What Went Wrong in Elizabeth Warren’s Unprecedented Massachusetts Defeat?

Printed from: https://newbostonpost.com/2020/03/04/what-went-wrong-in-elizabeth-warrens-unprecedented-massachusetts-defeat/

Elizabeth Warren had an unprecedented night on Super Tuesday.

The Democrat did not win any of the day’s 14 presidential primary contests, including the one held in Massachusetts. Instead, Warren — the state’s sitting senior U.S. senator — finished third in the Bay State behind former Vice President Joe Biden and Vermont Senator Bernie Sanders.

In modern times, that had never happened to a major presidential candidate from Massachusetts who had not already dropped out.

In the 21st century, former Massachusetts Governor Mitt Romney won the Massachusetts Republican primary twice (2012 and 2008) and former Senator John Kerry took it on the Democratic side in 2004.

Kerry’s predecessor, Paul Tsongas, won the Massachusetts Democratic primary in 1992; and four years prior, former then-Governor Mike Dukakis did the same.

Two Kennedys who served as U.S. senators from the Bay State, John F. Kennedy, and Ted Kennedy, won Massachusetts in Democratic primaries 20 years apart (1960 and 1980). Even Henry Cabot Lodge, then a former U.S. senator serving as ambassador to South Vietnam, won the state as a write-in candidate in the 1964 Republican primary.

Following Super Tuesday, Warren had not finished higher than third place in any of the 18 contests that had taken place.

Her 2018 U.S. Senate challenger, Geoff Diehl, a Republican, said he expected Warren to lose Massachusetts, but was somewhat surprised she lost by double digits. But he said he understands why Bay State voters rejected Warren.

“Warren has always had an authenticity problem — from her refusal to admit benefiting from claiming Native American heritage to decrying Super PAC money in campaigns and then flip-flopping and taking special interest cash as her campaign reached desperation status,” Diehl told New Boston Post in an email message. “It was clear during her US Senate re-election campaign that she never had any intention of actually working for the people of Massachusetts, as she flew every other weekend in 2018 to states around the country to prep for her Presidential ambitions.”

Diehl said Massachusetts voters are “pretty savvy about politics” and could see Warren’s inauthenticity. He also said it would be wise for her to drop out.

“It’s obvious she no longer has a viable path,” he said, “having angered the Sanders supporters by attacking him in her effort to claw for the progressive lane. I would expect an exit from the race at any moment.”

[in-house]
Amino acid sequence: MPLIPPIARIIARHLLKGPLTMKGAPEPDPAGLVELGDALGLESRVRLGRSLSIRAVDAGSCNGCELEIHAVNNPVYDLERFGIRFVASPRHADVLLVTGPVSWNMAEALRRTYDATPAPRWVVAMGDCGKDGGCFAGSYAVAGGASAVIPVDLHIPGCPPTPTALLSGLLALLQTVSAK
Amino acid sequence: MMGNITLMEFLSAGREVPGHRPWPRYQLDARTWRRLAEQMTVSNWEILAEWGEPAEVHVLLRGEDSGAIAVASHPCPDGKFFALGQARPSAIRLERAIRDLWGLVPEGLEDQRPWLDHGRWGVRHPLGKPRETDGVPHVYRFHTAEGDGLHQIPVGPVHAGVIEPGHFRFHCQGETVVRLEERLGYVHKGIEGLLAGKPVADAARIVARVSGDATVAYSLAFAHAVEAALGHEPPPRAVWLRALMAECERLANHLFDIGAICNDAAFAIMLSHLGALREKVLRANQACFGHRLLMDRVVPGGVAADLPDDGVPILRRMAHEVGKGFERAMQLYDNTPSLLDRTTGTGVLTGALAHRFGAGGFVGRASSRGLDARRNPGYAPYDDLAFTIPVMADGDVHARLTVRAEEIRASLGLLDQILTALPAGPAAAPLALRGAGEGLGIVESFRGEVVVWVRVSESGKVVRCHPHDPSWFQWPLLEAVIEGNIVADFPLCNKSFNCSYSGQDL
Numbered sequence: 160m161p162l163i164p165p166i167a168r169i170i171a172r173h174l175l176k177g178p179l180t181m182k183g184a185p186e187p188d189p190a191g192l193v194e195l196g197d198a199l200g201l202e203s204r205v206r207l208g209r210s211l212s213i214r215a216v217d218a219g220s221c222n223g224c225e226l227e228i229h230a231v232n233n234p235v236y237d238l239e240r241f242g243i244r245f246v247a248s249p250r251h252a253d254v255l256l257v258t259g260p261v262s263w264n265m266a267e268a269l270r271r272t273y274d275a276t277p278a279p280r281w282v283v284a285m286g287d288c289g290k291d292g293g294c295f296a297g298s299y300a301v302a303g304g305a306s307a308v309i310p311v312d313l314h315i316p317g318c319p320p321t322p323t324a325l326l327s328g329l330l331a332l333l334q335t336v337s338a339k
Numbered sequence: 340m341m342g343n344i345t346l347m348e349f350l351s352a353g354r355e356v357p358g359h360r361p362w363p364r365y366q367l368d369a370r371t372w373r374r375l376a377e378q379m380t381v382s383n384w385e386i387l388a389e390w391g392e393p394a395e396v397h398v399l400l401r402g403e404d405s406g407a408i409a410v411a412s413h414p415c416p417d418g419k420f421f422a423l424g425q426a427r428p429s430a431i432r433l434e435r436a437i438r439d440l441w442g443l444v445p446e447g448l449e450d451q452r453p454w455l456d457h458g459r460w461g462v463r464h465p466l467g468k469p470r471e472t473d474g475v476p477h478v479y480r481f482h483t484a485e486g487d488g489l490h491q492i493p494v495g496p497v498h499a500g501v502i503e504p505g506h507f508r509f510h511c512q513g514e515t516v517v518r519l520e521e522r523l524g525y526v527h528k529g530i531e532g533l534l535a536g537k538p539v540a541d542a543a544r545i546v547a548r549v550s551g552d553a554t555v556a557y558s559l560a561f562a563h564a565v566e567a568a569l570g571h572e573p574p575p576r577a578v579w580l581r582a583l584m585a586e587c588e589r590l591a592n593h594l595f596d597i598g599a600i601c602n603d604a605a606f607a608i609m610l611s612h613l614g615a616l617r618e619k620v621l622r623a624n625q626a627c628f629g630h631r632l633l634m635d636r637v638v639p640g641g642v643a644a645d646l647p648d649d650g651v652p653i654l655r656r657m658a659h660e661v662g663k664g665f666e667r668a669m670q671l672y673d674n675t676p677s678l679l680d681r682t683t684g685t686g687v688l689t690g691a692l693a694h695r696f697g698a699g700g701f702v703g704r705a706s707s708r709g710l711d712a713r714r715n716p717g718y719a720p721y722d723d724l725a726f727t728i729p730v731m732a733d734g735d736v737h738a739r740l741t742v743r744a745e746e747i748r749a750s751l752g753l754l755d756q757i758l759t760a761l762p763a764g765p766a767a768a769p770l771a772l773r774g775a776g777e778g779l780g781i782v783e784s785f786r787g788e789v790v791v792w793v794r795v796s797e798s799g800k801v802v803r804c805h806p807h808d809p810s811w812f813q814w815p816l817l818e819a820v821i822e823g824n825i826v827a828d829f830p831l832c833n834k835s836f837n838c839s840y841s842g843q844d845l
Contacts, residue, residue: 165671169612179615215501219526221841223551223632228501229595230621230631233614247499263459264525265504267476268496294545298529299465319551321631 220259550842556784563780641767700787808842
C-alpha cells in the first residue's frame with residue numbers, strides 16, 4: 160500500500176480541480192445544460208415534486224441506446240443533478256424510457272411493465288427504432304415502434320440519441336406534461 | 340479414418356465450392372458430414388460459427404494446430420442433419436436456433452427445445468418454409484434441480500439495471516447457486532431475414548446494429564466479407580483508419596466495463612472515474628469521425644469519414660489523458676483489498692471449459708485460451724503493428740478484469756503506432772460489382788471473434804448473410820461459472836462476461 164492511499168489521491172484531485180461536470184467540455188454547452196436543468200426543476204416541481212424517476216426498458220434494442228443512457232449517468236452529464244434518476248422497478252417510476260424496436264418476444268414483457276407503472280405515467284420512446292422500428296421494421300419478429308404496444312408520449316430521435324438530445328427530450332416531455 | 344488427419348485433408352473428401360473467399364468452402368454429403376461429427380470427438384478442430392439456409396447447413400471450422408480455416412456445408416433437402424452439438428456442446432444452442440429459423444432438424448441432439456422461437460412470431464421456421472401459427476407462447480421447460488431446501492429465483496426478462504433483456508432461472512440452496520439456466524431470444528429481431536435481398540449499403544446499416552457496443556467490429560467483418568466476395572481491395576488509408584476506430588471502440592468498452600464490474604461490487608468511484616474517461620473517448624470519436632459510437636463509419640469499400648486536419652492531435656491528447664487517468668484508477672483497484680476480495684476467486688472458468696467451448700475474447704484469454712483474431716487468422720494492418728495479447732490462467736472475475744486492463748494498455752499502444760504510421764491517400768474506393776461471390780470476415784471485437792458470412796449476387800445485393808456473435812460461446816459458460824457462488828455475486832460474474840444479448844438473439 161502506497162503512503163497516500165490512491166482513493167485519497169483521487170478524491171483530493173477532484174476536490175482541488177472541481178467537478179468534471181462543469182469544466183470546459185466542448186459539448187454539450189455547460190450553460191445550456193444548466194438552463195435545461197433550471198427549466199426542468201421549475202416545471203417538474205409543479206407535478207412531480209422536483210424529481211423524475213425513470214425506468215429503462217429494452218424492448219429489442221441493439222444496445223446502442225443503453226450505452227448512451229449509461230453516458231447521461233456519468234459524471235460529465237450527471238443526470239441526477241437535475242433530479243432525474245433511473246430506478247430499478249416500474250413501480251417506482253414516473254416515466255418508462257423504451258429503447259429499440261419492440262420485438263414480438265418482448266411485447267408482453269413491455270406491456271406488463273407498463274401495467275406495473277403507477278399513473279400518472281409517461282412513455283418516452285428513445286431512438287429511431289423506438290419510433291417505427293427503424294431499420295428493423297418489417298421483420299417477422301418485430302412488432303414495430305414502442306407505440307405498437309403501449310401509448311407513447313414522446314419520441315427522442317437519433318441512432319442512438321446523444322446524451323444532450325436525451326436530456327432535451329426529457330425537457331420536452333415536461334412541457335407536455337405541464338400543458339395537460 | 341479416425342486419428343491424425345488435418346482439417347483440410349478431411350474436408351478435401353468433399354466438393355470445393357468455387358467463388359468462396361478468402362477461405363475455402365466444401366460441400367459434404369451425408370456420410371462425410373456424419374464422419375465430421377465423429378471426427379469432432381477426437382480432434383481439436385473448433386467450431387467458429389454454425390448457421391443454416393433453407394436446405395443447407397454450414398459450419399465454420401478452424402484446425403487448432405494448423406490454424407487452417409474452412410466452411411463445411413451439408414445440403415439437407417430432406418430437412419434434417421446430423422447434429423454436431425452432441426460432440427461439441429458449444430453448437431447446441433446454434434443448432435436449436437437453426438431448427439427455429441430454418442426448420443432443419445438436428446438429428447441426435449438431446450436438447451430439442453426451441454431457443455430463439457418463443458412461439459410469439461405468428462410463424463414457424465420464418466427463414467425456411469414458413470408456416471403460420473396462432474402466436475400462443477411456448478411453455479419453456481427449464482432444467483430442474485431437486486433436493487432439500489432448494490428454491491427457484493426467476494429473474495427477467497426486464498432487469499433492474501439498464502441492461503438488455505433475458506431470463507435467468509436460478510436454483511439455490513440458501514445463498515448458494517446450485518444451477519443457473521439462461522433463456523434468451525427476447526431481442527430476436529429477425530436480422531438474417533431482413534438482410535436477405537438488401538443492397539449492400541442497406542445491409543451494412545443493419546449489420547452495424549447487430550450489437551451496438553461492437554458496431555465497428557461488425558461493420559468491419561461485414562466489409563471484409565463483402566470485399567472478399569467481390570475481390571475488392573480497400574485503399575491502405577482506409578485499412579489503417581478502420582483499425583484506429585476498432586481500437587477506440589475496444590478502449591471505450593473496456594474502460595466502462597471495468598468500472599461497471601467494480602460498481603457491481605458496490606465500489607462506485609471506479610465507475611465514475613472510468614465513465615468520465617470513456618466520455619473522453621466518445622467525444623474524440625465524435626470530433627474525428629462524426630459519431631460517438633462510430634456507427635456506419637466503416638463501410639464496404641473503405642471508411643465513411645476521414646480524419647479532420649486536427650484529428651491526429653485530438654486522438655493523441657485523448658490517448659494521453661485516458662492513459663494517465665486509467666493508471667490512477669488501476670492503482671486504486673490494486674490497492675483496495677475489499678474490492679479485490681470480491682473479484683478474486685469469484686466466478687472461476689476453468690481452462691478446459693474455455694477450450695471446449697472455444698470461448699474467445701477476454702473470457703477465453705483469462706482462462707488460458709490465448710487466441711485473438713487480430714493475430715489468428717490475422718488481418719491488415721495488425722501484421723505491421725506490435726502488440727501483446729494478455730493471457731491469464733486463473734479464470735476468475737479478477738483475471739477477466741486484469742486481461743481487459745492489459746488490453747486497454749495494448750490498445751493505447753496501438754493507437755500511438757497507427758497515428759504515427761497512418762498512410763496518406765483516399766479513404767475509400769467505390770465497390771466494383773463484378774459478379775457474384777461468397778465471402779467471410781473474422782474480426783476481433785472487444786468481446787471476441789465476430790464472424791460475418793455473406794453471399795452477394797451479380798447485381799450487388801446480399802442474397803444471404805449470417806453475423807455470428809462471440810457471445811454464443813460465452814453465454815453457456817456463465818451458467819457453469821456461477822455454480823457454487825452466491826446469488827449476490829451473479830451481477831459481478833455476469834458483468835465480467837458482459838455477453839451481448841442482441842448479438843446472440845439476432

Boston College political scientist Dave Hopkins also said he does not see Warren staying in the race for long.

He also said Warren’s problems with Massachusetts Democrats date back years.

“Warren faced both a long-term and a short-term problem in Massachusetts,” he told New Boston Post in an email message. “The long-term problem is that she has never been universally beloved among Massachusetts Democrats, especially the more moderate and working-class wing of the party, so she was never in position to completely dominate her home-state primary.

“The short-term problem was the national shift to Biden among Democrats after South Carolina and the increasing perception that she didn’t have a path to the nomination herself,” he added. “Older voters and suburbanites who are skeptical about Bernie Sanders have settled on Biden as the alternative, and that trend pulled votes away from Warren in the last few days before the election.”

Veteran political scientist and New England College vice president of academic affairs Wayne Lesperance said that at this point, Warren’s plan to snag the nomination has to involve a contested convention.

He noted that the election is now a two-man race between Sanders and Biden, with the progressive Democrats backing Sanders and the more moderate or pragmatic voters backing Biden.

“I think we see voters across the country voting for a return to normalcy,” Lesperance told New Boston Post in an email message. “The revolutionary language of the two progressive candidates along with what amounts to radical change appears to be too far too fast for many voters. If the results of Super Tuesday tell us anything, it’s that voters crave a return to normal.

“Finally, don’t underestimate the impact of the coronavirus scare and the 24-7 coverage it has been receiving. People are nervous and I think that leads them to want the familiar and push back against the discomfort that attends big change,” Lesperance said.

The next presidential primaries are set for Tuesday, March 10 in seven states.